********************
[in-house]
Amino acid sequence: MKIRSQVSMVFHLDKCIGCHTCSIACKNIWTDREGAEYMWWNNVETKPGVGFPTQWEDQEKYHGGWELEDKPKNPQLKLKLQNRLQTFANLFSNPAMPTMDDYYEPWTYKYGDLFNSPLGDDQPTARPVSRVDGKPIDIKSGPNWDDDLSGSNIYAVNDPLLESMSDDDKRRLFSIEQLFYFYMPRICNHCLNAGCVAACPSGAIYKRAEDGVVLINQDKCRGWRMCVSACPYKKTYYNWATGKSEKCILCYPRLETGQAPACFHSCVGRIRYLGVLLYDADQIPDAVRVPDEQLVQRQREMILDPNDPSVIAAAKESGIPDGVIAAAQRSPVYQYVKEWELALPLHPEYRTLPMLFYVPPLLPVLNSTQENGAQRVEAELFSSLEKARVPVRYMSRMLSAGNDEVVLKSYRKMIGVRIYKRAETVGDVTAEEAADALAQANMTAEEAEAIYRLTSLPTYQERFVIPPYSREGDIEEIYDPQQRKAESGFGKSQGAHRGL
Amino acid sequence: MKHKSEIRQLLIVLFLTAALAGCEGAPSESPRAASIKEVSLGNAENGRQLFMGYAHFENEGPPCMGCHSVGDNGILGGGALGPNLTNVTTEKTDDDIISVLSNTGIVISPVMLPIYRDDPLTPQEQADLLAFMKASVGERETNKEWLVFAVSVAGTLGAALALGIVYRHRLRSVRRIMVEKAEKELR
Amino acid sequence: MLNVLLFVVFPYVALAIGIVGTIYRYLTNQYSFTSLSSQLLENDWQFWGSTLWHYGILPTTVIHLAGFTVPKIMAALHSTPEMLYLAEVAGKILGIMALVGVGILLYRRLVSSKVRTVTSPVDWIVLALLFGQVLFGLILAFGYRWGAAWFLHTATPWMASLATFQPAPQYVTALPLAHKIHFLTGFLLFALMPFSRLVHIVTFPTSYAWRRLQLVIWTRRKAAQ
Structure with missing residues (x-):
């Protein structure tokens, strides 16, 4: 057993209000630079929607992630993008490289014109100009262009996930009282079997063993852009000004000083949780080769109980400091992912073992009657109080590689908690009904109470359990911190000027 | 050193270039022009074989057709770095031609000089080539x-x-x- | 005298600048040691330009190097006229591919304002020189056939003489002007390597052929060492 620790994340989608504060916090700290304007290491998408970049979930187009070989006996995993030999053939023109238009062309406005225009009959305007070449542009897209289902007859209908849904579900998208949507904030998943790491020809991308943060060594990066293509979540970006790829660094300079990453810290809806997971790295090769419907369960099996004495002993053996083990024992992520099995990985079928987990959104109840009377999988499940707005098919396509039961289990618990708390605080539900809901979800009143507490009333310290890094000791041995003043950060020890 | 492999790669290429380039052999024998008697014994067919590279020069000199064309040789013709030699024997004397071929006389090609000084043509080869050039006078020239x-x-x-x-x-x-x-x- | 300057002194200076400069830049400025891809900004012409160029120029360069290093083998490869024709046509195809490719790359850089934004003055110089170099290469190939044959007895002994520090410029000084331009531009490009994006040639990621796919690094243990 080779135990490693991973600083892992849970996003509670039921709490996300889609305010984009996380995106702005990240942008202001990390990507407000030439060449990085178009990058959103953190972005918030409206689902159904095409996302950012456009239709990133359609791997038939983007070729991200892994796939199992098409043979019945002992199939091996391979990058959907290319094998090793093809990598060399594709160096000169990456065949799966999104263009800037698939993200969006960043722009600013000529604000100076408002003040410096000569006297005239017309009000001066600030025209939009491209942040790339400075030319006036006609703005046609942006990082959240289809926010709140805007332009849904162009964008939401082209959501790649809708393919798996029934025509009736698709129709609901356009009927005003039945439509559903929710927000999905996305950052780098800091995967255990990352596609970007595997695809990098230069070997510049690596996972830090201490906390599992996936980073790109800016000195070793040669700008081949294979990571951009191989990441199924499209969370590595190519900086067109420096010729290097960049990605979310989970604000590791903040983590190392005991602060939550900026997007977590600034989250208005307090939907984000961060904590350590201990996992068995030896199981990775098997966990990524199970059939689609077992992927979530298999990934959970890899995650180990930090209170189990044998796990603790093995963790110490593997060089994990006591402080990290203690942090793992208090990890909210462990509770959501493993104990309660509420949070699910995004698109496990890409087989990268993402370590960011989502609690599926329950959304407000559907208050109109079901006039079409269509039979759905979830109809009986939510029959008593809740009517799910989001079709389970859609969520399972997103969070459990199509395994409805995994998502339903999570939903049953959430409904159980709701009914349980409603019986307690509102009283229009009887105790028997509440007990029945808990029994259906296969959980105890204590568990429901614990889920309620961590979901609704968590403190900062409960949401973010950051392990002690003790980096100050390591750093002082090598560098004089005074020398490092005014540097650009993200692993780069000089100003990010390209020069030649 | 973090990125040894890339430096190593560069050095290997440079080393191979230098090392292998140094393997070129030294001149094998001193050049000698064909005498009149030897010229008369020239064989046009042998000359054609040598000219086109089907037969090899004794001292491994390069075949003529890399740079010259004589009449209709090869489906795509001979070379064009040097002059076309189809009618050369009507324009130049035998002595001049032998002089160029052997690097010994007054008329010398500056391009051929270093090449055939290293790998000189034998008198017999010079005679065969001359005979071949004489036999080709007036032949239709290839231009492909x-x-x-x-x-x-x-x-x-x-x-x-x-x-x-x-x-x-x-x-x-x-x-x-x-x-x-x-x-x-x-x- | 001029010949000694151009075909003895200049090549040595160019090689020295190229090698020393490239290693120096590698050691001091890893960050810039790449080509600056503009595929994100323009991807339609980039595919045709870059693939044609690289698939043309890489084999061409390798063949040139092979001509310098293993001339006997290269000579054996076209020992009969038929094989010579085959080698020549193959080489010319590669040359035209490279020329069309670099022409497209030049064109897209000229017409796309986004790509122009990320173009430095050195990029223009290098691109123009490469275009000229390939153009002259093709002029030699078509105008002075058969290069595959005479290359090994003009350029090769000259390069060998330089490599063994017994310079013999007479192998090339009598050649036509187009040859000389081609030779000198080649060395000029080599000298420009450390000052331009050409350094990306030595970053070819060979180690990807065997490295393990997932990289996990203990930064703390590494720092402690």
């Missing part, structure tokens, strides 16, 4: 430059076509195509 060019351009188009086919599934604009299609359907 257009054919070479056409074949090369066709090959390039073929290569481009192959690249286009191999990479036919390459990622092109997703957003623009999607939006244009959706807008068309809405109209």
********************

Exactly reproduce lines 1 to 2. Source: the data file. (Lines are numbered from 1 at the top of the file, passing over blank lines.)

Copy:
[in-house]
Amino acid sequence: MKIRSQVSMVFHLDKCIGCHTCSIACKNIWTDREGAEYMWWNNVETKPGVGFPTQWEDQEKYHGGWELEDKPKNPQLKLKLQNRLQTFANLFSNPAMPTMDDYYEPWTYKYGDLFNSPLGDDQPTARPVSRVDGKPIDIKSGPNWDDDLSGSNIYAVNDPLLESMSDDDKRRLFSIEQLFYFYMPRICNHCLNAGCVAACPSGAIYKRAEDGVVLINQDKCRGWRMCVSACPYKKTYYNWATGKSEKCILCYPRLETGQAPACFHSCVGRIRYLGVLLYDADQIPDAVRVPDEQLVQRQREMILDPNDPSVIAAAKESGIPDGVIAAAQRSPVYQYVKEWELALPLHPEYRTLPMLFYVPPLLPVLNSTQENGAQRVEAELFSSLEKARVPVRYMSRMLSAGNDEVVLKSYRKMIGVRIYKRAETVGDVTAEEAADALAQANMTAEEAEAIYRLTSLPTYQERFVIPPYSREGDIEEIYDPQQRKAESGFGKSQGAHRGL